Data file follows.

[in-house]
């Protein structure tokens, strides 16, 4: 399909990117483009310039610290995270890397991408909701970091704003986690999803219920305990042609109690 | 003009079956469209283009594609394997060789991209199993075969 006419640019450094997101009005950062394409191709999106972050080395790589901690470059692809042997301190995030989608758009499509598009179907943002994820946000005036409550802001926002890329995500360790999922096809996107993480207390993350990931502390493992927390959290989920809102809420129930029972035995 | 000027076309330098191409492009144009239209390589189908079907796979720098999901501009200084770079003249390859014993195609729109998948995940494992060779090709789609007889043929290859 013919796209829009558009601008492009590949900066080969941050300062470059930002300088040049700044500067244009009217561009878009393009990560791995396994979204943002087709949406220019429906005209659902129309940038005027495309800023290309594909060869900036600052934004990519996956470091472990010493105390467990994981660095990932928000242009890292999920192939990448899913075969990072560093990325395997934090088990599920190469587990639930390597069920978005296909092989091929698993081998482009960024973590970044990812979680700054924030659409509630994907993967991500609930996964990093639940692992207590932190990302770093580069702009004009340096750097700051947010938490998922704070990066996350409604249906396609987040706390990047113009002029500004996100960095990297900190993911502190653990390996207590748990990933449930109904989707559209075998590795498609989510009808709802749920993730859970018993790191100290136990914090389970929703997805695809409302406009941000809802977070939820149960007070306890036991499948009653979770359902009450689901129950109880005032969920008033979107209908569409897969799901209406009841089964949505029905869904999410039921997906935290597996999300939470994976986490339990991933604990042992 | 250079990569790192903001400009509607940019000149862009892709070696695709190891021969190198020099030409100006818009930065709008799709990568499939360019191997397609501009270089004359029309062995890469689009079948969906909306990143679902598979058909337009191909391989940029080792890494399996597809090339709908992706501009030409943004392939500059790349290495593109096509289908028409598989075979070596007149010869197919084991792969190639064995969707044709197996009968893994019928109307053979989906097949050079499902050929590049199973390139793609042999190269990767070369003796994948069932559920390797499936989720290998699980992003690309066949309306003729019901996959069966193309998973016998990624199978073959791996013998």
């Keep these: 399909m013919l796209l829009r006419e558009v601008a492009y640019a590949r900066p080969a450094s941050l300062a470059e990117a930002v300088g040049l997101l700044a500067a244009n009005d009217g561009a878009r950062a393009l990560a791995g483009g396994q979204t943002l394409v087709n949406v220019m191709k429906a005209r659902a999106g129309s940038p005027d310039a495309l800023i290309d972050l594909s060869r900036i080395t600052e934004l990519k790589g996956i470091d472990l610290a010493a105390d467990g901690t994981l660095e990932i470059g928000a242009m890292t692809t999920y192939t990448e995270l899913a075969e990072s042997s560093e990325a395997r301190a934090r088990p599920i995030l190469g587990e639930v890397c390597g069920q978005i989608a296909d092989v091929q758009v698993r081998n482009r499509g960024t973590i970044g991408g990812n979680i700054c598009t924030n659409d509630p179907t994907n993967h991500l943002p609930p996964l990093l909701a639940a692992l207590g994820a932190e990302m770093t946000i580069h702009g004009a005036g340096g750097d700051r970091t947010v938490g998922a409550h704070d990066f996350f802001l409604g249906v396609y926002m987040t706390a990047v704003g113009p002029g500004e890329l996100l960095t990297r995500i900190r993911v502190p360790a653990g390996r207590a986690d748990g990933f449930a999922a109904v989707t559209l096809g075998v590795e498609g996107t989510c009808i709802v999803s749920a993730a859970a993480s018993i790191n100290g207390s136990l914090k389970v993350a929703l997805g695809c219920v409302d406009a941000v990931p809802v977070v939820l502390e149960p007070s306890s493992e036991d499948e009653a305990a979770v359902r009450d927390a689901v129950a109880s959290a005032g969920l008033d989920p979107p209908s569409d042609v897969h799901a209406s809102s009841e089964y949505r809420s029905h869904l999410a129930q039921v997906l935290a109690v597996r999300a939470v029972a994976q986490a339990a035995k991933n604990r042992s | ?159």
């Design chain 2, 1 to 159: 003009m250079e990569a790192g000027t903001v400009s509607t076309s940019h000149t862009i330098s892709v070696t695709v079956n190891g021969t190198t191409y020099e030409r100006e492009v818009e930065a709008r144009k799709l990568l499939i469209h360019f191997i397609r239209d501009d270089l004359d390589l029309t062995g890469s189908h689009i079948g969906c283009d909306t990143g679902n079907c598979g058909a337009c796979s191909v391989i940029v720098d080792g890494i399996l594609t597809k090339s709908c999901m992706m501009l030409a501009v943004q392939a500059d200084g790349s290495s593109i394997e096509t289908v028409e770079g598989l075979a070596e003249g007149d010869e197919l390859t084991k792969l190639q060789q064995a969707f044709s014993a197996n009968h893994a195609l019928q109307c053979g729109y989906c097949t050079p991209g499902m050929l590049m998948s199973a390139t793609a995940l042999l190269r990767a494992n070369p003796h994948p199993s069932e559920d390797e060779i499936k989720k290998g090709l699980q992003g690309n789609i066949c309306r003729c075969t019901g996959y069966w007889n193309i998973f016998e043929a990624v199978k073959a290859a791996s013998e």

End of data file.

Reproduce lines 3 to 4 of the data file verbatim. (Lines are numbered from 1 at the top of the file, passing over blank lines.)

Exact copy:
């Keep these: 399909m013919l796209l829009r006419e558009v601008a492009y640019a590949r900066p080969a450094s941050l300062a470059e990117a930002v300088g040049l997101l700044a500067a244009n009005d009217g561009a878009r950062a393009l990560a791995g483009g396994q979204t943002l394409v087709n949406v220019m191709k429906a005209r659902a999106g129309s940038p005027d310039a495309l800023i290309d972050l594909s060869r900036i080395t600052e934004l990519k790589g996956i470091d472990l610290a010493a105390d467990g901690t994981l660095e990932i470059g928000a242009m890292t692809t999920y192939t990448e995270l899913a075969e990072s042997s560093e990325a395997r301190a934090r088990p599920i995030l190469g587990e639930v890397c390597g069920q978005i989608a296909d092989v091929q758009v698993r081998n482009r499509g960024t973590i970044g991408g990812n979680i700054c598009t924030n659409d509630p179907t994907n993967h991500l943002p609930p996964l990093l909701a639940a692992l207590g994820a932190e990302m770093t946000i580069h702009g004009a005036g340096g750097d700051r970091t947010v938490g998922a409550h704070d990066f996350f802001l409604g249906v396609y926002m987040t706390a990047v704003g113009p002029g500004e890329l996100l960095t990297r995500i900190r993911v502190p360790a653990g390996r207590a986690d748990g990933f449930a999922a109904v989707t559209l096809g075998v590795e498609g996107t989510c009808i709802v999803s749920a993730a859970a993480s018993i790191n100290g207390s136990l914090k389970v993350a929703l997805g695809c219920v409302d406009a941000v990931p809802v977070v939820l502390e149960p007070s306890s493992e036991d499948e009653a305990a979770v359902r009450d927390a689901v129950a109880s959290a005032g969920l008033d989920p979107p209908s569409d042609v897969h799901a209406s809102s009841e089964y949505r809420s029905h869904l999410a129930q039921v997906l935290a109690v597996r999300a939470v029972a994976q986490a339990a035995k991933n604990r042992s | ?159």
């Design chain 2, 1 to 159: 003009m250079e990569a790192g000027t903001v400009s509607t076309s940019h000149t862009i330098s892709v070696t695709v079956n190891g021969t190198t191409y020099e030409r100006e492009v818009e930065a709008r144009k799709l990568l499939i469209h360019f191997i397609r239209d501009d270089l004359d390589l029309t062995g890469s189908h689009i079948g969906c283009d909306t990143g679902n079907c598979g058909a337009c796979s191909v391989i940029v720098d080792g890494i399996l594609t597809k090339s709908c999901m992706m501009l030409a501009v943004q392939a500059d200084g790349s290495s593109i394997e096509t289908v028409e770079g598989l075979a070596e003249g007149d010869e197919l390859t084991k792969l190639q060789q064995a969707f044709s014993a197996n009968h893994a195609l019928q109307c053979g729109y989906c097949t050079p991209g499902m050929l590049m998948s199973a390139t793609a995940l042999l190269r990767a494992n070369p003796h994948p199993s069932e559920d390797e060779i499936k989720k290998g090709l699980q992003g690309n789609i066949c309306r003729c075969t019901g996959y069966w007889n193309i998973f016998e043929a990624v199978k073959a290859a791996s013998e």